The late Sr. Thea Bowman, a Franciscan Sister of Perpetual Adoration from Canton, Miss., was nationally known for her work to advance the life of her fellow black Catholics in the church. She was 52 when she died of bone cancer on March 30, 1990, but her legacy as an educator, evangelist and gospel singer lives on.
FAN invites you to read about Sr. Thea in this article written by Tom Roberts for the Global Sisters Report, a Project of the National Catholic Reporter.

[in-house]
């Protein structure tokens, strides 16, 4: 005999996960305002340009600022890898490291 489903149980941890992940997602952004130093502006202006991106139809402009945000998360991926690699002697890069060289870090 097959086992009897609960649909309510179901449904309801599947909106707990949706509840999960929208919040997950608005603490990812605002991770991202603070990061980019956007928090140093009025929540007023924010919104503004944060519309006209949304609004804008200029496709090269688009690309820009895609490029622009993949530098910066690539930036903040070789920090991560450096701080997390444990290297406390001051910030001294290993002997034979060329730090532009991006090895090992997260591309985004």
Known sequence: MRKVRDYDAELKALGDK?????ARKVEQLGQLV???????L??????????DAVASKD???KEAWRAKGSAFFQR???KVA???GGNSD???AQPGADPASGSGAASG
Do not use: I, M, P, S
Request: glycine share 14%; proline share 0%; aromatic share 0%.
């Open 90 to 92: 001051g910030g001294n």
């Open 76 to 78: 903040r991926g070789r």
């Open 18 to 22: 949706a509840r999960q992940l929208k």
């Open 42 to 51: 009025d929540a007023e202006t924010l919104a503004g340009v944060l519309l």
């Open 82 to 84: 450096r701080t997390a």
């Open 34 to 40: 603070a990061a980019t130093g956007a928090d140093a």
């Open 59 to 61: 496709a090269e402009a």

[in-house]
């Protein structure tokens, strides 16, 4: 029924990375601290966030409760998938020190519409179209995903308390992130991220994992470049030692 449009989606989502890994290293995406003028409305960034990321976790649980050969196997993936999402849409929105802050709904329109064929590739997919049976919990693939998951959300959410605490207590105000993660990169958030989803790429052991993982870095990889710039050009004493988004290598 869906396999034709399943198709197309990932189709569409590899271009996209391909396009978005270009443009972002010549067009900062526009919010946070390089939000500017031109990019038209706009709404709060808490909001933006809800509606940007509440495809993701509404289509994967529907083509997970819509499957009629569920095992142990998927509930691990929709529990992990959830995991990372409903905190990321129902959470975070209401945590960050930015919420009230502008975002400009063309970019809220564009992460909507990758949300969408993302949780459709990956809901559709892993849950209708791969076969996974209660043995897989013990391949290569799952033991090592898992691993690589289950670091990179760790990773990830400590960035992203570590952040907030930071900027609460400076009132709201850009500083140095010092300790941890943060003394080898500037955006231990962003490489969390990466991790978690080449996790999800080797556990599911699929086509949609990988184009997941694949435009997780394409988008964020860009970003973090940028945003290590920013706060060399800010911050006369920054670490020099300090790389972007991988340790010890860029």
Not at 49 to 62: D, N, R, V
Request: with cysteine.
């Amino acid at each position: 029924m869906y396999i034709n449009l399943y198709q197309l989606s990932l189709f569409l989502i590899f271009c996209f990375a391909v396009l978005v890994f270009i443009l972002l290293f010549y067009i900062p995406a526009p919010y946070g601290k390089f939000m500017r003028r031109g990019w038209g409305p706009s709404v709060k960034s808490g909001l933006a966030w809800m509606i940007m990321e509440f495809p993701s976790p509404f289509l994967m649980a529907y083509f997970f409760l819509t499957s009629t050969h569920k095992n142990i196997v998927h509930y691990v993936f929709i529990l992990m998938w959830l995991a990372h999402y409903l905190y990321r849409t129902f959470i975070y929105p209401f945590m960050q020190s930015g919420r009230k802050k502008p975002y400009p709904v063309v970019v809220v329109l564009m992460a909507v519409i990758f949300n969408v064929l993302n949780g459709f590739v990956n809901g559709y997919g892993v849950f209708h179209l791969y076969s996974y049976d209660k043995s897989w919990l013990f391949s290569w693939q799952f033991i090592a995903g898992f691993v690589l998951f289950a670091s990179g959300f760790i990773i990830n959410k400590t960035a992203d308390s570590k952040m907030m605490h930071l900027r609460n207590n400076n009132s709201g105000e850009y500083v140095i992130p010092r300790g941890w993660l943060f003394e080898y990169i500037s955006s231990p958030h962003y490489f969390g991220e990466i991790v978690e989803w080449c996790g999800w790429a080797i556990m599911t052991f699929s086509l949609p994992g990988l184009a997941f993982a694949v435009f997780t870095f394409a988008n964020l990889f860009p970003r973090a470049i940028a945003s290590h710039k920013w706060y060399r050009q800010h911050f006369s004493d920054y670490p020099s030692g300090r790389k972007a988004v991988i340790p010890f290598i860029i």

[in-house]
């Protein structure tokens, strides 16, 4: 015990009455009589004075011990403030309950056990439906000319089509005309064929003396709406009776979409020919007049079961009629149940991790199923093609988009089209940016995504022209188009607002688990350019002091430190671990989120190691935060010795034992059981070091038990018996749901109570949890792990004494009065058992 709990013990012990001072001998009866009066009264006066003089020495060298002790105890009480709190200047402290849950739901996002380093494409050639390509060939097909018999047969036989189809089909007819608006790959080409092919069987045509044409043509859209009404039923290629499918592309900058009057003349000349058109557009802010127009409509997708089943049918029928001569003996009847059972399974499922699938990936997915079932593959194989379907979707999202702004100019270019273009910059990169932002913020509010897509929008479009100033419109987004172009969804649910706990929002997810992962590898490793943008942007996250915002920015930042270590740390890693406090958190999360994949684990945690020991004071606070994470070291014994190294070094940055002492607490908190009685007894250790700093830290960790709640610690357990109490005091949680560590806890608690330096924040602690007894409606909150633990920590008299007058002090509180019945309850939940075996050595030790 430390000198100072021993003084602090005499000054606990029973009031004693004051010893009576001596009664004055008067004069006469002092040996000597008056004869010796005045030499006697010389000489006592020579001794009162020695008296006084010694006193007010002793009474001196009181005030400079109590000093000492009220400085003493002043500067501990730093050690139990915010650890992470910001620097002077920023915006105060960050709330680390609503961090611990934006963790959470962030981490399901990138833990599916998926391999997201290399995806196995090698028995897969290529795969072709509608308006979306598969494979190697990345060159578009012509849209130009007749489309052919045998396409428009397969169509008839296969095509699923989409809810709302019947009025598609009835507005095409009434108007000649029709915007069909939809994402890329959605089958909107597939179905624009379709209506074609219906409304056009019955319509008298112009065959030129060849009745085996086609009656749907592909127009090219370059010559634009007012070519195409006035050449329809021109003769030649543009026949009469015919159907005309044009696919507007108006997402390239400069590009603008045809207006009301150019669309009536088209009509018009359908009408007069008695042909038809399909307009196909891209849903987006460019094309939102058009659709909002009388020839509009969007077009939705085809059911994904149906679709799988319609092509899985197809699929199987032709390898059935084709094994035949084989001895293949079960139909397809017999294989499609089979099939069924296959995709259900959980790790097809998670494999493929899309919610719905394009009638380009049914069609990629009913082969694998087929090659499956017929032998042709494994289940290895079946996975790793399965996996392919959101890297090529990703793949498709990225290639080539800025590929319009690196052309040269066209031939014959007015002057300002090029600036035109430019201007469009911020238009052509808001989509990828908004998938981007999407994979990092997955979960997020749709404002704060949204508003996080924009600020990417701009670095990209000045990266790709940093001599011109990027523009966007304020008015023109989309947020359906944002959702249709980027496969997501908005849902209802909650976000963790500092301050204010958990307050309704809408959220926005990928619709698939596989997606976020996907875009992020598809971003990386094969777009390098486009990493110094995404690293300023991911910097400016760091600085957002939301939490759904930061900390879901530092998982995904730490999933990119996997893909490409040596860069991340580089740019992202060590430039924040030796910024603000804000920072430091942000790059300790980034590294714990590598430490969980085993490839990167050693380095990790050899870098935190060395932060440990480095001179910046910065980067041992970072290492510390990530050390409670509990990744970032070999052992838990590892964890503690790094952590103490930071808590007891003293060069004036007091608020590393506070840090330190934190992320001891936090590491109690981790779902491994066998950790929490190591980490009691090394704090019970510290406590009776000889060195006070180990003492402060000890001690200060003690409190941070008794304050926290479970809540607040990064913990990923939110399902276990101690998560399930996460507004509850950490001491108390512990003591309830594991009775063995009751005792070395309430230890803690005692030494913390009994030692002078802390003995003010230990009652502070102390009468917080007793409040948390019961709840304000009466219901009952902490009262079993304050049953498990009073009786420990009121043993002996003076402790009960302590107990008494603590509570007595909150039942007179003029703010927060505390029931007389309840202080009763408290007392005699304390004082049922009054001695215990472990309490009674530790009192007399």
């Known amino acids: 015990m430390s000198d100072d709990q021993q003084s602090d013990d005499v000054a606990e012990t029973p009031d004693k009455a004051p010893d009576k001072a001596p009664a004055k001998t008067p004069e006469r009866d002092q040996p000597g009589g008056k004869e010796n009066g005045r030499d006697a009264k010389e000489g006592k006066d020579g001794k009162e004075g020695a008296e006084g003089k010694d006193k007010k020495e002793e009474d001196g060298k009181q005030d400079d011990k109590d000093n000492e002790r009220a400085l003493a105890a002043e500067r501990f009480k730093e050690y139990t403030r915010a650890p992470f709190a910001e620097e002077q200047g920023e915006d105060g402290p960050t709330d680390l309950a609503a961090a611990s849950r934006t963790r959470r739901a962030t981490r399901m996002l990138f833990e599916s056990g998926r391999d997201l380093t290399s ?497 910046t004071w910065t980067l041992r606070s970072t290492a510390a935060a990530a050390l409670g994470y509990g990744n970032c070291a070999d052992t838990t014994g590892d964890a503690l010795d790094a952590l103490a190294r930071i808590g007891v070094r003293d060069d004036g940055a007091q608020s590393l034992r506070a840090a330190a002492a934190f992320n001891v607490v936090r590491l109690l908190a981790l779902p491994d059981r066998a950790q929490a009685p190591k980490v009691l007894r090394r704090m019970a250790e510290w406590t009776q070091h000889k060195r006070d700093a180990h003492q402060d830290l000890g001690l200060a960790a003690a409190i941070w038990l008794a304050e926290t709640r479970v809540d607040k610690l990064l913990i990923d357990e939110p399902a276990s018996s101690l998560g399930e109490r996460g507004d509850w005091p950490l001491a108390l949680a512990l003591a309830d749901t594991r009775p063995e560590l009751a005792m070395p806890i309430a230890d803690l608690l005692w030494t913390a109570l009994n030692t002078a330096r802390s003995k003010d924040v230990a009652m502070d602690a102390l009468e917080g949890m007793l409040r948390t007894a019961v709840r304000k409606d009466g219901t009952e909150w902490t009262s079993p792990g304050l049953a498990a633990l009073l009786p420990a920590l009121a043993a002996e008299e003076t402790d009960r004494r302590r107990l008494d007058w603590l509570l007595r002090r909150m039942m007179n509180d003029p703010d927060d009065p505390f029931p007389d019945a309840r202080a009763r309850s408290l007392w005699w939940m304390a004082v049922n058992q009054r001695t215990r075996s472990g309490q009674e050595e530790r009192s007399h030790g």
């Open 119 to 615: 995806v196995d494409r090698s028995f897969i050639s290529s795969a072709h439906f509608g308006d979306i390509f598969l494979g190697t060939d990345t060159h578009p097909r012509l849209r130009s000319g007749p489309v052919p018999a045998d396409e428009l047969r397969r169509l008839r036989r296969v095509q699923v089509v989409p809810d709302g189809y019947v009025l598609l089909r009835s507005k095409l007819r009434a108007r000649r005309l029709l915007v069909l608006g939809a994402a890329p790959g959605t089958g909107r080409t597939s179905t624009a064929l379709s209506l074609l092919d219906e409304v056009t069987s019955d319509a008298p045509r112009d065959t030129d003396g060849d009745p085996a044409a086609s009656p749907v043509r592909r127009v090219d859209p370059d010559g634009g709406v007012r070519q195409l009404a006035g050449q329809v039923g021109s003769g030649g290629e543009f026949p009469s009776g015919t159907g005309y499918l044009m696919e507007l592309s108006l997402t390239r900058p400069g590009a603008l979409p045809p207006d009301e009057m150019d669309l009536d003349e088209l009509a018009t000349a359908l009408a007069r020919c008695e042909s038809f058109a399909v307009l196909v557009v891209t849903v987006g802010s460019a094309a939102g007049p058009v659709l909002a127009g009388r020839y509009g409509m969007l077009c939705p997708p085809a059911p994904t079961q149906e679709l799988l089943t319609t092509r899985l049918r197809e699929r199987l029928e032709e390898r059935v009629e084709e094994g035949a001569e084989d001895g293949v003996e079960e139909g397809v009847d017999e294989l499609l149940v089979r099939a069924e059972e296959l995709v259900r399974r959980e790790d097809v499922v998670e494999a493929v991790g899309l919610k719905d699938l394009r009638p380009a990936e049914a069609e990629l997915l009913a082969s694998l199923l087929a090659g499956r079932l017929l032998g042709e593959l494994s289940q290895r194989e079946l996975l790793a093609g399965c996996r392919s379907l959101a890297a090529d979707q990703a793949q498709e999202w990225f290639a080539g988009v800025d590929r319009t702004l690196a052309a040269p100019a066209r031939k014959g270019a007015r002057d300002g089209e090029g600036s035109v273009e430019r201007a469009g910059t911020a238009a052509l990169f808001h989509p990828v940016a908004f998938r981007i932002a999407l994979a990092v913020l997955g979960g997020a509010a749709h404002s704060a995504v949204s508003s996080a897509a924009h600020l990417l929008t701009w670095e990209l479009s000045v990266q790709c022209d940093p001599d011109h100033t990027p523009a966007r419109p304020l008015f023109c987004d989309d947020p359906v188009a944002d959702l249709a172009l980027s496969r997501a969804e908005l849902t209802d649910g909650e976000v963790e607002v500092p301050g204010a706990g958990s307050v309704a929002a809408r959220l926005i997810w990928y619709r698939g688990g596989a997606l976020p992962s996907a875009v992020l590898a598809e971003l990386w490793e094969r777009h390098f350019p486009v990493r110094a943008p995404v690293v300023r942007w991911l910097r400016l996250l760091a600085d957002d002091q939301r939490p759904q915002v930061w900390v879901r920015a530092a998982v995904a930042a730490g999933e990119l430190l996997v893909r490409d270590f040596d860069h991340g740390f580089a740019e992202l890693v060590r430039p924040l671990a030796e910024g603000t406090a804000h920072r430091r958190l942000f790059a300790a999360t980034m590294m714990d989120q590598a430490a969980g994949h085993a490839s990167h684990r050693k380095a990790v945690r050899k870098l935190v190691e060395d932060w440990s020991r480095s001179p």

"Somewhere in the decision made by the teenage Thea Bowman lay a paradox worthy of a biblical epic. A Protestant child of the Deep South and childhood convert to Catholicism, she chose one of the whitest places possible to work out who she was as both a vowed religious and a black woman. The significance of her decision and the consequence of the meeting of those seemingly incongruent worlds was on display in late March when some 85 followers and devotees from spots as distant as Seattle and Camden, New Jersey, gathered in LaCrosse, Wisconsin, for an observance of the 25th anniversary of Bowman's "homegoing.""